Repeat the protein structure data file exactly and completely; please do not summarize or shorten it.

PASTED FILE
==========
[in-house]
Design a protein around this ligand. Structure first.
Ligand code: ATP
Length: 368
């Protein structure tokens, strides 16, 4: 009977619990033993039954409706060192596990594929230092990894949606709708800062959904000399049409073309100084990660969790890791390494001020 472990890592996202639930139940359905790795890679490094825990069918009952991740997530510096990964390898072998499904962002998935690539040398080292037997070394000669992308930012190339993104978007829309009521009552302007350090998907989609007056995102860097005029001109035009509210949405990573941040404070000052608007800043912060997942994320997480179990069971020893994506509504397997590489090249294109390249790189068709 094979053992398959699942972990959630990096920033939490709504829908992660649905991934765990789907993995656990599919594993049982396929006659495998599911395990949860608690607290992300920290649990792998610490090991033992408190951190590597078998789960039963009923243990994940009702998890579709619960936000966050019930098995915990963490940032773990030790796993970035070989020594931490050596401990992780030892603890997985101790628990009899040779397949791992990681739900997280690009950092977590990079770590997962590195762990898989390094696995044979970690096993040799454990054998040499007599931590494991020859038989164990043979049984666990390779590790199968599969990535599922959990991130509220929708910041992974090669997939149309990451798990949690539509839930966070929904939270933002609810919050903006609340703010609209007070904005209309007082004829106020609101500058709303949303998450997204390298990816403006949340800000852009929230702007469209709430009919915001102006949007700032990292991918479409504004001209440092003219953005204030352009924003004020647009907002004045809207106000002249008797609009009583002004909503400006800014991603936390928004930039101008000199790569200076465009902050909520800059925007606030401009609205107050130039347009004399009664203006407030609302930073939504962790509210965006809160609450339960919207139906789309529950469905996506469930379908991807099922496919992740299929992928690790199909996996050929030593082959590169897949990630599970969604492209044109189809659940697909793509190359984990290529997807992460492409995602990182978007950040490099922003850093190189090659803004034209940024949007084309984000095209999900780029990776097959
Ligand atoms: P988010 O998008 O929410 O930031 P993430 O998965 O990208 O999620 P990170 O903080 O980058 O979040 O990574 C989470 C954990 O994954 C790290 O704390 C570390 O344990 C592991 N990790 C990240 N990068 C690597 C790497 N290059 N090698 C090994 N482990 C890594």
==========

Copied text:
[in-house]
Design a protein around this ligand. Structure first.
Ligand code: ATP
Length: 368
């Protein structure tokens, strides 16, 4: 009977619990033993039954409706060192596990594929230092990894949606709708800062959904000399049409073309100084990660969790890791390494001020 472990890592996202639930139940359905790795890679490094825990069918009952991740997530510096990964390898072998499904962002998935690539040398080292037997070394000669992308930012190339993104978007829309009521009552302007350090998907989609007056995102860097005029001109035009509210949405990573941040404070000052608007800043912060997942994320997480179990069971020893994506509504397997590489090249294109390249790189068709 094979053992398959699942972990959630990096920033939490709504829908992660649905991934765990789907993995656990599919594993049982396929006659495998599911395990949860608690607290992300920290649990792998610490090991033992408190951190590597078998789960039963009923243990994940009702998890579709619960936000966050019930098995915990963490940032773990030790796993970035070989020594931490050596401990992780030892603890997985101790628990009899040779397949791992990681739900997280690009950092977590990079770590997962590195762990898989390094696995044979970690096993040799454990054998040499007599931590494991020859038989164990043979049984666990390779590790199968599969990535599922959990991130509220929708910041992974090669997939149309990451798990949690539509839930966070929904939270933002609810919050903006609340703010609209007070904005209309007082004829106020609101500058709303949303998450997204390298990816403006949340800000852009929230702007469209709430009919915001102006949007700032990292991918479409504004001209440092003219953005204030352009924003004020647009907002004045809207106000002249008797609009009583002004909503400006800014991603936390928004930039101008000199790569200076465009902050909520800059925007606030401009609205107050130039347009004399009664203006407030609302930073939504962790509210965006809160609450339960919207139906789309529950469905996506469930379908991807099922496919992740299929992928690790199909996996050929030593082959590169897949990630599970969604492209044109189809659940697909793509190359984990290529997807992460492409995602990182978007950040490099922003850093190189090659803004034209940024949007084309984000095209999900780029990776097959
Ligand atoms: P988010 O998008 O929410 O930031 P993430 O998965 O990208 O999620 P990170 O903080 O980058 O979040 O990574 C989470 C954990 O994954 C790290 O704390 C570390 O344990 C592991 N990790 C990240 N990068 C690597 C790497 N290059 N090698 C090994 N482990 C890594």